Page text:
Sunrise tossed back and forth as morning light engulfed the room, invading the darkness through the thick white curtains. He was not used to curtains, or oversized fluff-filled pillows. All the time spent in the war and in the Tennessee Mountains had made him become all too familiar with pitched tents and hard ground. It was now hard to sleep anywhere else.
Sunrise finally admitted defeat and sat up to face the day. A golden teapot sat on a table next to his gun belt at the foot of his bed, awaiting his indulgence. Sunrise shook his head as he grabbed one of his revolvers from the table and poked at the tea pot, pushing it to the edge. He thought about shattering it upon the floor, possibly blaming one of the Negro maids if Jeremy inquired. He had quickly grown to hate this house, and all of the glorified 'dècor.' It had a pristine fakeness about it camouflaging the sorrow and loss. A purple curtains and golden teapots, it made him sick.
Captain Jarret opened the enormous doors and entered the room, frowning in disproval as he watched Sunrise pushing the teapot to the side with his sidearm. "Thought it was 'polite' to knock," Sunrise said bitterly. "You see this damn shit? Golden god damn tea-thing! Now I know what these fancy folks were doin' while we fightin' their war."
"Benton family was decimated in the war, Sunrise." Jarret responded, as he moved to sit in a cushion-filled armchair by the bed.
Decimated, Sunrise wondered what it meant but did not dare ask for fear of a smug response.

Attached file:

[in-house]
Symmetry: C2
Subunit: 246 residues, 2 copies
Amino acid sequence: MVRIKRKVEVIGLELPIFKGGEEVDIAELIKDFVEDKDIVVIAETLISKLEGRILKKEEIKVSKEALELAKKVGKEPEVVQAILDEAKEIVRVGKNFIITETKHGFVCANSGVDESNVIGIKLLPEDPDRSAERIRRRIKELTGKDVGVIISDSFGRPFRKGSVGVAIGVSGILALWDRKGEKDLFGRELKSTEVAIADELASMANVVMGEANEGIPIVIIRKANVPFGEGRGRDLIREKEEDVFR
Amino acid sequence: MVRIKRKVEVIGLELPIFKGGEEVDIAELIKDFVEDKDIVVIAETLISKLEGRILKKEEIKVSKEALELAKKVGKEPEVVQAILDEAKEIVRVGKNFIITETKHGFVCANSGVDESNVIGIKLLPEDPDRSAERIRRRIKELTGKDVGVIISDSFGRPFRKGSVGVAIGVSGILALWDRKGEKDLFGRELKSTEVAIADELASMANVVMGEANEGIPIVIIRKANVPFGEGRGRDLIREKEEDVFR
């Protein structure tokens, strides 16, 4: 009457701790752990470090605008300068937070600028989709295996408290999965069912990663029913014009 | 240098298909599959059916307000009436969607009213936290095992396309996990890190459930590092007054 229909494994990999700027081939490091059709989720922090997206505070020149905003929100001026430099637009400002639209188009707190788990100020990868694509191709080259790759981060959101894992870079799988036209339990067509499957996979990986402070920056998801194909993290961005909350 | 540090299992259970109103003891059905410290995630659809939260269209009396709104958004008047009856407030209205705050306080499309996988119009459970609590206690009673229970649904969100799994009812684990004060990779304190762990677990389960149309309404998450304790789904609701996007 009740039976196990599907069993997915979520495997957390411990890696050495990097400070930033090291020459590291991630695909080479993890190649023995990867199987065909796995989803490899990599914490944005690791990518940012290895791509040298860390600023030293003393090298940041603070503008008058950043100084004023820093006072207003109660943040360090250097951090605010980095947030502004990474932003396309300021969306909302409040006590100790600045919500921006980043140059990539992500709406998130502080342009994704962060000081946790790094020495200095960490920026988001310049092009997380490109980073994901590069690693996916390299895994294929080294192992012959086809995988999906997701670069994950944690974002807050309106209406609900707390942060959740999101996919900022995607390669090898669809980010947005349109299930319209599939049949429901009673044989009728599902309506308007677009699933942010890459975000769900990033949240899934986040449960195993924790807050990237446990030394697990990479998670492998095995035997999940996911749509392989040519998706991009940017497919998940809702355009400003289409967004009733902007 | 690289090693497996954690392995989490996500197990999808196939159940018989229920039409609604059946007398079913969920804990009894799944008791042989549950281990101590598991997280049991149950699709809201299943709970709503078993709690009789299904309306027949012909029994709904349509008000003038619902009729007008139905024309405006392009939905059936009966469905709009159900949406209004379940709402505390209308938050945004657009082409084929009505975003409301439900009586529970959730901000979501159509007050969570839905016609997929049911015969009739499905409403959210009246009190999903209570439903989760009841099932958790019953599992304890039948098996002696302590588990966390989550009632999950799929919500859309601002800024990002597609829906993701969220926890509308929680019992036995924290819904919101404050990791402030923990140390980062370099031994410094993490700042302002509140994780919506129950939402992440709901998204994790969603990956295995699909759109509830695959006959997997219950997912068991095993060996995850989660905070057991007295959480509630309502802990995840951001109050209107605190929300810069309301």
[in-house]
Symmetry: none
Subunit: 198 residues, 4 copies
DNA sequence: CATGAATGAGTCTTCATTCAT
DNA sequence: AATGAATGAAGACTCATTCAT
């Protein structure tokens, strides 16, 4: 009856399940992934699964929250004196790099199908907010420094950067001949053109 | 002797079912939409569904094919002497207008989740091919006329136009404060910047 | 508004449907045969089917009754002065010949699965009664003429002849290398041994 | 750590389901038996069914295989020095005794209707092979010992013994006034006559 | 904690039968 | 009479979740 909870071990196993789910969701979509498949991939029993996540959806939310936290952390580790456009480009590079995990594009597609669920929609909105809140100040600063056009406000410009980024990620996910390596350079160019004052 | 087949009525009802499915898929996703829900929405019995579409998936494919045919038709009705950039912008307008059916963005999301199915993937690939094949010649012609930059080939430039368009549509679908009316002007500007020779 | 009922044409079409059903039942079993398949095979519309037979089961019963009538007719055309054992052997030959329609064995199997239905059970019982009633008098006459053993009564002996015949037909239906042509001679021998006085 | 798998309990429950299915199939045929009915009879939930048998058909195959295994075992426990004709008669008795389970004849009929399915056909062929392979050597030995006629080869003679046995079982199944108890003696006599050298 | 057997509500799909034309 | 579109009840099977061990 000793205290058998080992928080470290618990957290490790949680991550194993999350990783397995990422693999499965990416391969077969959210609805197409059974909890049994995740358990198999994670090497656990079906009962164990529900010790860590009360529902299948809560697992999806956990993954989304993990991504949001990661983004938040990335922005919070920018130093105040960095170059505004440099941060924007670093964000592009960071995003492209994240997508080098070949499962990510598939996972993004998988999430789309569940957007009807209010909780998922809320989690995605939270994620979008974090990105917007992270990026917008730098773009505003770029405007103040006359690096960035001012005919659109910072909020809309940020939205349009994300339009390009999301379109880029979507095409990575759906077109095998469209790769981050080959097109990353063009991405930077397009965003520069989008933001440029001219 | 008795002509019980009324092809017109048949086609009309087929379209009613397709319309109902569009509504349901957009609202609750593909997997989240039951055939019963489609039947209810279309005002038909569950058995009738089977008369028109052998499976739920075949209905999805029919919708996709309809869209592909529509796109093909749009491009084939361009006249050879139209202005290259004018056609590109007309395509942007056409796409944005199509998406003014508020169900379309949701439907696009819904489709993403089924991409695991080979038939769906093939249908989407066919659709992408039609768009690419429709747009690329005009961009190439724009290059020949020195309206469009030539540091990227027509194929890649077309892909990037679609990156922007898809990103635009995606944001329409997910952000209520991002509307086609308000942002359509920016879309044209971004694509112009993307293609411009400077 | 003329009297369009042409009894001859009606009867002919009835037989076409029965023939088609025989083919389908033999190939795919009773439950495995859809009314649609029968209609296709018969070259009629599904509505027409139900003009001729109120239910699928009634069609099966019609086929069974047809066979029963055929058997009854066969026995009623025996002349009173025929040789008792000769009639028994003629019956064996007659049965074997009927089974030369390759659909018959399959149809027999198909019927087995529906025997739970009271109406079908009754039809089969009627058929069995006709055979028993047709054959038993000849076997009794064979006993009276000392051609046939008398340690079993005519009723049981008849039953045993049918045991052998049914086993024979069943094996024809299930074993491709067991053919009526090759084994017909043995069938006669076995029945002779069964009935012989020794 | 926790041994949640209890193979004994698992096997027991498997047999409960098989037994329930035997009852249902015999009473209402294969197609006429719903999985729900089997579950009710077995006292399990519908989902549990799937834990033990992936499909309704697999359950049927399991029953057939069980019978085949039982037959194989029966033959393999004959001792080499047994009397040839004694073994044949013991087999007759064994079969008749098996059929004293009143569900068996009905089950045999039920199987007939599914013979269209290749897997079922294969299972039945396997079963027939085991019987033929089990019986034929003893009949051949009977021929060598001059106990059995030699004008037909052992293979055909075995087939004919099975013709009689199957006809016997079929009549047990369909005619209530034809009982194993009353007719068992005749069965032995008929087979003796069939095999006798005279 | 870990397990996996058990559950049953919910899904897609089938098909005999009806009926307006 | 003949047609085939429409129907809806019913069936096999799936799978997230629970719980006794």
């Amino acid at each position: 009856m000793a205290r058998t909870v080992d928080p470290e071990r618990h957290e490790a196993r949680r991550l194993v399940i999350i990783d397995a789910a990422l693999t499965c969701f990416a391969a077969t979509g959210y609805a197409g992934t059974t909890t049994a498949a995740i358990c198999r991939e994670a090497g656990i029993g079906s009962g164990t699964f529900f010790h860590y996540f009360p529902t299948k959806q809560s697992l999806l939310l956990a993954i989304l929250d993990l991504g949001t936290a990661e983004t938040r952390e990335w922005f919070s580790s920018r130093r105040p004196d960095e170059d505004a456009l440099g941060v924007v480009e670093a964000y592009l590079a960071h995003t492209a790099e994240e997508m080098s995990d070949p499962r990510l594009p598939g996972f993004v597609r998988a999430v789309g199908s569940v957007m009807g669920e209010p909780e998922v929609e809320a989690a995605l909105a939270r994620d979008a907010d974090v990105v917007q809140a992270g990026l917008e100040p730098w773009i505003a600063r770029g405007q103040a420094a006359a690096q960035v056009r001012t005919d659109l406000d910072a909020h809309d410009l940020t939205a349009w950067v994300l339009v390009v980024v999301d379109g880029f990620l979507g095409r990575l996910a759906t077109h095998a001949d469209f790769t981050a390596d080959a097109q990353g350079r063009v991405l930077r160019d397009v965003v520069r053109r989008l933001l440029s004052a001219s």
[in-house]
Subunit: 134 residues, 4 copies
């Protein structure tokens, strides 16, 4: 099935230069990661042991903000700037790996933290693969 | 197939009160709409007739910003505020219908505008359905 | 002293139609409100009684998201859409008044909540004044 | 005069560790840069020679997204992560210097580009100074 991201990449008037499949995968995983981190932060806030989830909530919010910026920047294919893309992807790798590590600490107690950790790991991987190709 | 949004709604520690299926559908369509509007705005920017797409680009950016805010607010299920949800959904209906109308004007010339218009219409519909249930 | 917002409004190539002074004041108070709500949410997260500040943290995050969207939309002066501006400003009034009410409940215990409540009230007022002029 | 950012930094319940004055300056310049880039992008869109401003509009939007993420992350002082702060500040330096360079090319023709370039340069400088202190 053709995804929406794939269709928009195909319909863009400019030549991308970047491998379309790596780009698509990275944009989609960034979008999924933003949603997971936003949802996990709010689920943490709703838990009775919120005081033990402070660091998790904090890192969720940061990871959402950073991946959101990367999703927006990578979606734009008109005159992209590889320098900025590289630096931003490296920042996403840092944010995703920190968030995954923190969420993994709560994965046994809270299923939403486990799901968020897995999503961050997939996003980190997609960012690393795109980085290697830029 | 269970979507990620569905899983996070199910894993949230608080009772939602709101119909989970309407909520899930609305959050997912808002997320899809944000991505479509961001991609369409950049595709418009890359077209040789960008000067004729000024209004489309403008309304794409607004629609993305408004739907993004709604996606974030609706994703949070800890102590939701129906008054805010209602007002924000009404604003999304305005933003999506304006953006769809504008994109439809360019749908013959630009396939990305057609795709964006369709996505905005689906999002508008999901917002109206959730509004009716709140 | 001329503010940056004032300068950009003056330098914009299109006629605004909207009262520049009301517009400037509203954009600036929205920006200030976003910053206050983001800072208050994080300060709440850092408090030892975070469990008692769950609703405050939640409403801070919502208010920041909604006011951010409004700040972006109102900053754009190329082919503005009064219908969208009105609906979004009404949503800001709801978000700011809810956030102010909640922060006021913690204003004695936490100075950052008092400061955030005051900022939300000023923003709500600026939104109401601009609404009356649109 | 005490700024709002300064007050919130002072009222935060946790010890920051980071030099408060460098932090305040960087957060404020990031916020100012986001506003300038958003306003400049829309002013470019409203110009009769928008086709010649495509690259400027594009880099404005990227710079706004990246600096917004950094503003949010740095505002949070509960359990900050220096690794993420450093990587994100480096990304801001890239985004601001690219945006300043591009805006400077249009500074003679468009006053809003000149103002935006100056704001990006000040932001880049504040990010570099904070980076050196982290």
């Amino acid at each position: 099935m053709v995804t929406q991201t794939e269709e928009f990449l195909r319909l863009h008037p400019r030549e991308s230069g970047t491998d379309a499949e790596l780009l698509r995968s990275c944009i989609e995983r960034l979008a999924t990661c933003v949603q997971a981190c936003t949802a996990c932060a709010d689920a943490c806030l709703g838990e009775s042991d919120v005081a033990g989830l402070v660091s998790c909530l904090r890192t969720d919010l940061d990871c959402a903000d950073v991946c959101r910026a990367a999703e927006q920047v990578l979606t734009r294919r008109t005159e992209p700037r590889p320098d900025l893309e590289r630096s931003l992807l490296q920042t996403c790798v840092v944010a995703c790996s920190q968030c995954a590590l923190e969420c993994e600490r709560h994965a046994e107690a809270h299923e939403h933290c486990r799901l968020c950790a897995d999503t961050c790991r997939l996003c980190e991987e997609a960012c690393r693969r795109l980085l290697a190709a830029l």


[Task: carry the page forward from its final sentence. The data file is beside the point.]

"I came here to inform you that Jeremy has sent for dogs from some former trackers in which he is acquainted, a mere half day away. They should be here by sometime this afternoon. We will finally get this done. I cannot tell you how I long to get back to my wife, hell, even back to those mines."
"We caught the others without no damn dogs." Sunrise grumbled pushing the pot off the table's edge with a light tap of the gun. Tea spilled onto the decorative rug, a brown smudge spreading through the expensive fabric. Sunrise smiled as he watched.
Jarret sighed, as he crouched and attempted to wipe the growing muddle. "I need your assurance that the white man from yesterday's search will see no harm by your hand. After the war he returned different . . . the man is just a farmhand, haunted by those days he bore the whip."
Sunrise observed Jarret with disgust. "Them your words? Or Mr. Benton?"
"Suppose a mixture of both. Sunrise, I need your word. We do not harm people like him, it is not our assignment. People like Jeremy may seem like pushovers, but, I'm telling you boy, you do not want to turn against them. They are the authority out here."
Sunrise scoffed. It had taken no time for the extravagant mansion to expose his partner. Jarret was just like many others he had met, placing wealth above legacy. Bowing before golden teapots and oversized bed sheets, pretending he was not a common mining company gun-hand. "You just lucky he ain't know what we really are, lawman," Sunrise glanced down towards the spilled tea, and back to Jarret. "Finish cleaning that shit up." Placing his hat firmly on his head, Sunrise headed down the elaborate staircase, dirt from his soiled boots following his every step.
* * *
An hour or so later Gavin returned back at the shack with food from the storage. After tying the horse back on the old familiar post, he entered into his cabin, but stopped short at the sight before him. Bouaazza sat on his knees, staring down at Gavin's old overseer whip, a whip Gavin himself had long forgotten. His old black whip made mostly of cowhide. It lay roughly eight feet in length not including the handle, which was composed of a thick lead. He could tell Bouazza knew whips such as this all too well.
"I was goin' to run 'way when I seen dis under da bed," Bouazza said. The Caribbean accent sounding stronger when distraught, "But den I remember, dere nowhere to run.